We can expect the change in the weather to have an effect. For example, we’re seeing cases in some of the Southern US states such as Louisiana and Florida start to fall from huge highs. Conversely, in states as West Virginia and Pennsylvania infections are starting to rise.
Covid-19 is an airborne virus, and it spreads best when people are breathing the same air. The summer in the south of the US is so hot that people socialise indoors with the air conditioning on, which helps to spread the virus. As the weather cools, they can return to mixing outdoors. For the same reason, the Northern US states will see cases rise – or fall more slowly – as it becomes too cold to see other people outside.
What is the risk of further mutations of the virus as we saw with Alpha and Delta?
This risk is very hard to quantify but all infectious diseases mutate when they are inside your body. This is a risk of having high levels of infection in a population: there are more opportunities for any virus to evolve. We can’t know if there is another variant down the road with the scale of advantage that Delta had over previous variants, but it is absolutely a risk.
Will booster jabs be necessary to get the US and UK back to normal?
Although there is evidence that immunity does eventually wane after being fully vaccinated, that is in the antibodies that are the “front line” of immune defence.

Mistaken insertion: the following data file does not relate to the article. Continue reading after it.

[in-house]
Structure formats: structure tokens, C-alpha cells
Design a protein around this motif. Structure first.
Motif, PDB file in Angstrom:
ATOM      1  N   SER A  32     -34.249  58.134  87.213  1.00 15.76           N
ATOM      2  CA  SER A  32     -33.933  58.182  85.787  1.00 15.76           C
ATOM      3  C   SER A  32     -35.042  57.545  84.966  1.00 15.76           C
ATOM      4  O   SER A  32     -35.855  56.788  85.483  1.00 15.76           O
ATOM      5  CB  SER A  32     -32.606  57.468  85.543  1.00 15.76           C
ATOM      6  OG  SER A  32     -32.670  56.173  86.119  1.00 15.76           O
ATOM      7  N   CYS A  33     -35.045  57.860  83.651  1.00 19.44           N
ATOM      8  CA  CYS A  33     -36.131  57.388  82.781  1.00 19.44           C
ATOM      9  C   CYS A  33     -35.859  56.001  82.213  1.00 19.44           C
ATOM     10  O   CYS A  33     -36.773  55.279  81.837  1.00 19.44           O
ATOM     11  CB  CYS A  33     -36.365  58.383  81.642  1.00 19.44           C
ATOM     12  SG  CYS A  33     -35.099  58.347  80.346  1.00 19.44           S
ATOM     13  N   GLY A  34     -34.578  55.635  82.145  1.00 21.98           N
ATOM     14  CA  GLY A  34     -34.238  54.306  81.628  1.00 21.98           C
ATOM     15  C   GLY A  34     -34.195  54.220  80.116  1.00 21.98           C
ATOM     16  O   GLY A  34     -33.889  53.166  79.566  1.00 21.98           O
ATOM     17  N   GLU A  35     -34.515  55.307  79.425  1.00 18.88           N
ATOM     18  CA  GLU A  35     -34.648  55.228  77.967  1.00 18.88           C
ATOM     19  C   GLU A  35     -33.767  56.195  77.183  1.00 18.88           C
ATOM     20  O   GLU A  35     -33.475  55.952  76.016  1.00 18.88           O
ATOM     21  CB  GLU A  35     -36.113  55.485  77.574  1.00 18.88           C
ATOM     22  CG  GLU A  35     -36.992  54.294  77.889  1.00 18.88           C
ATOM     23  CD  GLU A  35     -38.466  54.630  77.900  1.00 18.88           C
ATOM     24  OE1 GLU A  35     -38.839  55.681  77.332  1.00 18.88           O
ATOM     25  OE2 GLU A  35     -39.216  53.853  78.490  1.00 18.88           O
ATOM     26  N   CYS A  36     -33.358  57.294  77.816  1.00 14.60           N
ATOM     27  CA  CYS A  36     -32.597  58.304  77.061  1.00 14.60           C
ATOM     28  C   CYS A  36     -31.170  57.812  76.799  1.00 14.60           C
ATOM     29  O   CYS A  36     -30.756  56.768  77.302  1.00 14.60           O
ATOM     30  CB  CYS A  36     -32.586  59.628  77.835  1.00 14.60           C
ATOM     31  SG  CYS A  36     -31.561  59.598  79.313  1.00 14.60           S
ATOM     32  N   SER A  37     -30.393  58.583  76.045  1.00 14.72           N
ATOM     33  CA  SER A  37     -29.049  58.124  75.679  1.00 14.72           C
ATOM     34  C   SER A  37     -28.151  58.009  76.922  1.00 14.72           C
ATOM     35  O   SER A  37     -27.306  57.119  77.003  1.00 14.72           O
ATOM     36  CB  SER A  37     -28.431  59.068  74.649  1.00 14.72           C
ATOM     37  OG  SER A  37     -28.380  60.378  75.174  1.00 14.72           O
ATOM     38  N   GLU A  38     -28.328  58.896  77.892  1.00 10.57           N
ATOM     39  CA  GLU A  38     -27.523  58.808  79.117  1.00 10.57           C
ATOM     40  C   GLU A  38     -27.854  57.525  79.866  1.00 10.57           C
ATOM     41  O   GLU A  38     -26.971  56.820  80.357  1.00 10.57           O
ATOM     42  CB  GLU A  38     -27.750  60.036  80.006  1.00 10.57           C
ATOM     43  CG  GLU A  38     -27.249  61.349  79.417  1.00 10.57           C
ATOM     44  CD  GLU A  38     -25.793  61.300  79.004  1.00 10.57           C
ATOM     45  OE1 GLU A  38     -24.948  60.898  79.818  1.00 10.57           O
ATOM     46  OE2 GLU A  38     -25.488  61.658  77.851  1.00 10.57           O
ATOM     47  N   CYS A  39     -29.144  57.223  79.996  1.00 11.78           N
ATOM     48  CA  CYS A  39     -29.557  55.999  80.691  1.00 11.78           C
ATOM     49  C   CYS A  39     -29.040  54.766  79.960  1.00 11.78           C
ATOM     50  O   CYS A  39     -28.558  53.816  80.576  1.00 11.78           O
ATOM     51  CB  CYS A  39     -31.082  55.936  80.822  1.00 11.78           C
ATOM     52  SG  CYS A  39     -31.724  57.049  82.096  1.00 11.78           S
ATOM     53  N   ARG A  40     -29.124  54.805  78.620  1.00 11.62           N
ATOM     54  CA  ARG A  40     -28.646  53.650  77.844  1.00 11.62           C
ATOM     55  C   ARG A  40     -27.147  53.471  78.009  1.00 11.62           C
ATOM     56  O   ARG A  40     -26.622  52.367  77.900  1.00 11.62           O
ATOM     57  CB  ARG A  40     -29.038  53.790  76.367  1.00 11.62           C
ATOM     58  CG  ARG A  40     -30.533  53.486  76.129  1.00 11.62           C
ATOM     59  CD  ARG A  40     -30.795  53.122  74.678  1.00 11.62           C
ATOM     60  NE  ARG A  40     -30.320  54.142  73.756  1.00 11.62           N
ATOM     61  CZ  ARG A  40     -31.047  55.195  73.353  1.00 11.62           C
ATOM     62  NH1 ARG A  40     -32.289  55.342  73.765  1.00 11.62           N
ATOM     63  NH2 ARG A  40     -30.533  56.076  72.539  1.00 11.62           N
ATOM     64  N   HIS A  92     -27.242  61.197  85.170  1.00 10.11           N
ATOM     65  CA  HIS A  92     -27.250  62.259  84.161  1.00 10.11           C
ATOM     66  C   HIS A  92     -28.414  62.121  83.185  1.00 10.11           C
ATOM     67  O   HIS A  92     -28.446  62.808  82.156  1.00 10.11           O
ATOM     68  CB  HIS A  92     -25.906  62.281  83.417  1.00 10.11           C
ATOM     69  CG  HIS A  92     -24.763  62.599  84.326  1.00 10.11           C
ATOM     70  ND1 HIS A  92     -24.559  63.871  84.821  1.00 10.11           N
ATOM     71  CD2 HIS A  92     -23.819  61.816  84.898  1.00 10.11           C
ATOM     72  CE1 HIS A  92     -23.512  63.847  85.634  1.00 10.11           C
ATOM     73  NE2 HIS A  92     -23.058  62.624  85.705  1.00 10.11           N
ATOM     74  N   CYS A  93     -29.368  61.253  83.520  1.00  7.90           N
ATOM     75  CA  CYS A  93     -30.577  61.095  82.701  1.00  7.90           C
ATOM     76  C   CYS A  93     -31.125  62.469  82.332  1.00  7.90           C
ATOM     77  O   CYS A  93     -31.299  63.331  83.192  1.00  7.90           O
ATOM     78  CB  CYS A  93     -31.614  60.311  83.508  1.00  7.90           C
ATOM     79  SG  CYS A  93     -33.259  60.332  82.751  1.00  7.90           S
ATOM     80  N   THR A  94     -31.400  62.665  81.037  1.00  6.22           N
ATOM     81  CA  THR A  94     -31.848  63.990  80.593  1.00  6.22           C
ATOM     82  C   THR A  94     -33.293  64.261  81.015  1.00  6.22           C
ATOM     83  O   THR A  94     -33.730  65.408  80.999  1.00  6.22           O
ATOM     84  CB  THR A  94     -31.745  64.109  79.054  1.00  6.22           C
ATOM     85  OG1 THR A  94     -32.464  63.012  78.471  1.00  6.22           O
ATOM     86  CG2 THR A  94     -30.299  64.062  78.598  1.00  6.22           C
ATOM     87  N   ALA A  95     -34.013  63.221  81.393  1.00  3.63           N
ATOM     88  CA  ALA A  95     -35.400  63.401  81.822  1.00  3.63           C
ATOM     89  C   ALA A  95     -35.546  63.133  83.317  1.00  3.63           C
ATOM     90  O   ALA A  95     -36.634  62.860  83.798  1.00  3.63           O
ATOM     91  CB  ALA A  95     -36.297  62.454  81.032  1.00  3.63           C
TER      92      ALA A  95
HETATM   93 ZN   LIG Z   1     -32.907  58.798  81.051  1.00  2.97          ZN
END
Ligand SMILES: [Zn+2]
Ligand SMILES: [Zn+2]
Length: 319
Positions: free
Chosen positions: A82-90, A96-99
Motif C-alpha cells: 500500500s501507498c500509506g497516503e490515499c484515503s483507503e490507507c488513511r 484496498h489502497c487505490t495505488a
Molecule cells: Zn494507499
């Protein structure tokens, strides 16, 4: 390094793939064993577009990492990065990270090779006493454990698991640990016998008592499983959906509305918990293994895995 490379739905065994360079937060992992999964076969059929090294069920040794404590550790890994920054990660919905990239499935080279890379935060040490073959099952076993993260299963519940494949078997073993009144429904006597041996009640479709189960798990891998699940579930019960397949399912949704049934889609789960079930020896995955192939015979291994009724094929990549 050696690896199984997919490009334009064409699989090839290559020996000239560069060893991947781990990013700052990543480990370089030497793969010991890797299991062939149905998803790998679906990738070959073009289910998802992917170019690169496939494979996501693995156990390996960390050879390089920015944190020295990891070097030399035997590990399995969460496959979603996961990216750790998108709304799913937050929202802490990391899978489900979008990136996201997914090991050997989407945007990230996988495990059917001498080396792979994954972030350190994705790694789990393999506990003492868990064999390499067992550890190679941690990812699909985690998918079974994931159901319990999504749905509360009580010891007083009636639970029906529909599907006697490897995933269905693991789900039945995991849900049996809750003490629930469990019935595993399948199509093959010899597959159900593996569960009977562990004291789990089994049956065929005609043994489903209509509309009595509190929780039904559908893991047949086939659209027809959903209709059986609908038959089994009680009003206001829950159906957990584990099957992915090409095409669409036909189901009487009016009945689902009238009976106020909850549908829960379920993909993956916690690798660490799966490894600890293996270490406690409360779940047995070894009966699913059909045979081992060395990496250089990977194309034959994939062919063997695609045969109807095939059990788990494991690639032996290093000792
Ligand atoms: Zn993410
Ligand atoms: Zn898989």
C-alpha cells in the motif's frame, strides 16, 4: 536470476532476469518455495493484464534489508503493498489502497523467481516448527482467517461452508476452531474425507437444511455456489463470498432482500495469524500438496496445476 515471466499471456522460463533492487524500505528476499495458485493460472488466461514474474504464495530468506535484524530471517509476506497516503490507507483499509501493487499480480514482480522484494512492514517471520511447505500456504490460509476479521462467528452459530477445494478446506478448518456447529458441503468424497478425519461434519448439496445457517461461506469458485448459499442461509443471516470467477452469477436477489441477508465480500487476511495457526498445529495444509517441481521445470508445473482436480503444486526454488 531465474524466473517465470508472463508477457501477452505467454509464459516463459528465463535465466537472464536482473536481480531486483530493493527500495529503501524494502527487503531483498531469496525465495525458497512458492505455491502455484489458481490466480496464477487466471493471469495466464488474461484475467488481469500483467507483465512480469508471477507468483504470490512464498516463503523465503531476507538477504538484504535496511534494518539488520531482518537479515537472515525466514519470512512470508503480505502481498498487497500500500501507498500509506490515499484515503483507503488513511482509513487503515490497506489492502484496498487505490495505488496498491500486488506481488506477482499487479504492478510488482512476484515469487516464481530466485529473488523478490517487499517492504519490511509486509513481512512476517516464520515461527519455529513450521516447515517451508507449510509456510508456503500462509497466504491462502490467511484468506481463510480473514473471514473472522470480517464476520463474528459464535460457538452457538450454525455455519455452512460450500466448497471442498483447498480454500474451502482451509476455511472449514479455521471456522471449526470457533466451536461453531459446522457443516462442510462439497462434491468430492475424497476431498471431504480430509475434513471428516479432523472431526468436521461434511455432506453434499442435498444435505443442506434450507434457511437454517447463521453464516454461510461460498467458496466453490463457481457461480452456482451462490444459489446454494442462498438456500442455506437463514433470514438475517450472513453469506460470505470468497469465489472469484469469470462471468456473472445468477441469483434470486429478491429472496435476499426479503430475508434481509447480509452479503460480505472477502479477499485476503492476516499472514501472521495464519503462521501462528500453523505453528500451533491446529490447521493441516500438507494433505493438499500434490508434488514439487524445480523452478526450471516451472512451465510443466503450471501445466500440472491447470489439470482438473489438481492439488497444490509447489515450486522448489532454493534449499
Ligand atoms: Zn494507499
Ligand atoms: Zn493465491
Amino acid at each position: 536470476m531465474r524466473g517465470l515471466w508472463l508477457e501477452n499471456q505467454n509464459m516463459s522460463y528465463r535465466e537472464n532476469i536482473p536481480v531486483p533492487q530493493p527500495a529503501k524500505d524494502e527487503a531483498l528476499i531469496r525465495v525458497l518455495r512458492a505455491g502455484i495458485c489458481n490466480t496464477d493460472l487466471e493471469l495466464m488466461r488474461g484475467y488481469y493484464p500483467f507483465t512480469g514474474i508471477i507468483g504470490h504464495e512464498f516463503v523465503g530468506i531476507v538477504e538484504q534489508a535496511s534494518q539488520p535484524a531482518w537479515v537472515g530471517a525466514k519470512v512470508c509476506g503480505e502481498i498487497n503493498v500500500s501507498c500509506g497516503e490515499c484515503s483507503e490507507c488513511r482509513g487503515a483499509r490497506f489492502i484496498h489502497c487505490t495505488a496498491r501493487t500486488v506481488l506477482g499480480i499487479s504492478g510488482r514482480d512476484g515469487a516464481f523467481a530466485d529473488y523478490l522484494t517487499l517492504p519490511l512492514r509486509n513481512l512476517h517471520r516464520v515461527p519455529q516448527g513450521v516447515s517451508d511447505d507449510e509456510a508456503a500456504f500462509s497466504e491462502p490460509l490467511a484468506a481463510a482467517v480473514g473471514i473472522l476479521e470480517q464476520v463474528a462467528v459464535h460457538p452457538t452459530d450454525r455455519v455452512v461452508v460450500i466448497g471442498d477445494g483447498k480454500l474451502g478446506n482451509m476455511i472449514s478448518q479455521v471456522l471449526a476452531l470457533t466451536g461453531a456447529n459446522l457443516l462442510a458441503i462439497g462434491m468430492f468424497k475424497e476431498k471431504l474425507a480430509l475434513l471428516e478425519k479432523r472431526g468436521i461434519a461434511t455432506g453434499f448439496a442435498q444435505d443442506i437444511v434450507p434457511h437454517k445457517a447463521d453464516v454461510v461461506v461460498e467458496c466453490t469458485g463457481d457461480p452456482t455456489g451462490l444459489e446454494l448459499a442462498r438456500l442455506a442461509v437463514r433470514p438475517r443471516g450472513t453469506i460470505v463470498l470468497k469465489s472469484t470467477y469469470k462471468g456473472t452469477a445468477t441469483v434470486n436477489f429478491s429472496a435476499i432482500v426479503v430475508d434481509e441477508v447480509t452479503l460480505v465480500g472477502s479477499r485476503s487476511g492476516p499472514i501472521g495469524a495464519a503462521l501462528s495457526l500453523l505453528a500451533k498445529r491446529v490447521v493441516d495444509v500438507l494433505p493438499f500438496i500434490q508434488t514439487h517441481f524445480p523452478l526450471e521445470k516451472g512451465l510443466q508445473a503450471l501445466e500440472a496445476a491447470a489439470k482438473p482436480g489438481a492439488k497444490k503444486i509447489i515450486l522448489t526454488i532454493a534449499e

At the same time, there are T-Cells and B-Cells in the background that remember how to make those antibodies, which is why protection against death is still strong a long time after vaccination for most people.
There is a useful comparison with Hepatitis-B, where it has been clearly established that three doses of the vaccine are needed to have full immunity against that virus. The Delta variant does appear to be a virus that, like Hepatitis-B, needs a third dose in order to give enduring protection. However, pursuing this approach does present an ethical dilemma. Most developing nations do not have good vaccination rates now and there is an argument that those third doses should go to those who have yet to have a first vaccination. Nonetheless, to provide their populations with the best protection against Delta, governments will probably need to provide a third dose.
In terms of a pre-pandemic normal, many countries may need to increase hospital capacity long-term in order to take in winter waves of both Covid-19 and the flu at the same time.
What will happen to the countries who pursued a zero-Covid strategy?
There are two ways that a virus such as Covid-19 ceases to be a threat: firstly, it doesn’t exist in the country at all, and secondly there is enough immunity to control the virus and not have an impact on healthcare. However, the first strategy requires a country to essentially close the border to keep the virus out. It’s not an end strategy; the end strategy must be to have immunity as otherwise the country is essentially cut off from the rest of the world forever.
Countries which pursued zero Covid are in for a difficult time, both culturally and administratively, as they attempt to reopen to the rest of the world, as they will have no naturally acquired immunity and will be solely reliant on vaccines.
This article is issued by Cazenove Capital which is part of the Schroders Group and a trading name of Schroder & Co. Limited, 1 London Wall Place, London EC2Y 5AU. Authorised by the Prudential Regulation Authority and regulated by the Financial Conduct Authority and the Prudential Regulation Authority.
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All data contained within this document is sourced from Cazenove Capital unless otherwise stated.